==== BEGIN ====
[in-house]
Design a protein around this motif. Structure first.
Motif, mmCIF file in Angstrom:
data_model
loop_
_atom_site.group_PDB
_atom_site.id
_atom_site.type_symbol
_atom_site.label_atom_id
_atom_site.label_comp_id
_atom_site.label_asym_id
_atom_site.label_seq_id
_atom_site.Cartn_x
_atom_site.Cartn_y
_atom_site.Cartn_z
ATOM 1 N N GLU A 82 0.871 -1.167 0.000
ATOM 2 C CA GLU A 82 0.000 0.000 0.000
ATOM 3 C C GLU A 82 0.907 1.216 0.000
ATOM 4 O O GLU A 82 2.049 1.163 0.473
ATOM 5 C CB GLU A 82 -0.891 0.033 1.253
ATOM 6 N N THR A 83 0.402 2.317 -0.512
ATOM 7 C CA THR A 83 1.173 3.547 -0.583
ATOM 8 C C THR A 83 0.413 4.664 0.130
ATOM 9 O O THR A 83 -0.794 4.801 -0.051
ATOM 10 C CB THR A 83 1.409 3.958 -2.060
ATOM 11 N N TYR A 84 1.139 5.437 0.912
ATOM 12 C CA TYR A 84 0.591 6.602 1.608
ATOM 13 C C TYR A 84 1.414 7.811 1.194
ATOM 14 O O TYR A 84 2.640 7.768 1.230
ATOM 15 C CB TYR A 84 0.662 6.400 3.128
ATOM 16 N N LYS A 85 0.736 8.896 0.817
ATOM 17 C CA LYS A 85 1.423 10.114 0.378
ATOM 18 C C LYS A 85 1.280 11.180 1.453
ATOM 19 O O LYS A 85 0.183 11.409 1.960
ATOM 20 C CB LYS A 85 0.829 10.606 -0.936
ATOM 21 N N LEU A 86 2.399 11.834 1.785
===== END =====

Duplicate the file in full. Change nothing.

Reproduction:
[in-house]
Design a protein around this motif. Structure first.
Motif, mmCIF file in Angstrom:
data_model
loop_
_atom_site.group_PDB
_atom_site.id
_atom_site.type_symbol
_atom_site.label_atom_id
_atom_site.label_comp_id
_atom_site.label_asym_id
_atom_site.label_seq_id
_atom_site.Cartn_x
_atom_site.Cartn_y
_atom_site.Cartn_z
ATOM 1 N N GLU A 82 0.871 -1.167 0.000
ATOM 2 C CA GLU A 82 0.000 0.000 0.000
ATOM 3 C C GLU A 82 0.907 1.216 0.000
ATOM 4 O O GLU A 82 2.049 1.163 0.473
ATOM 5 C CB GLU A 82 -0.891 0.033 1.253
ATOM 6 N N THR A 83 0.402 2.317 -0.512
ATOM 7 C CA THR A 83 1.173 3.547 -0.583
ATOM 8 C C THR A 83 0.413 4.664 0.130
ATOM 9 O O THR A 83 -0.794 4.801 -0.051
ATOM 10 C CB THR A 83 1.409 3.958 -2.060
ATOM 11 N N TYR A 84 1.139 5.437 0.912
ATOM 12 C CA TYR A 84 0.591 6.602 1.608
ATOM 13 C C TYR A 84 1.414 7.811 1.194
ATOM 14 O O TYR A 84 2.640 7.768 1.230
ATOM 15 C CB TYR A 84 0.662 6.400 3.128
ATOM 16 N N LYS A 85 0.736 8.896 0.817
ATOM 17 C CA LYS A 85 1.423 10.114 0.378
ATOM 18 C C LYS A 85 1.280 11.180 1.453
ATOM 19 O O LYS A 85 0.183 11.409 1.960
ATOM 20 C CB LYS A 85 0.829 10.606 -0.936
ATOM 21 N N LEU A 86 2.399 11.834 1.785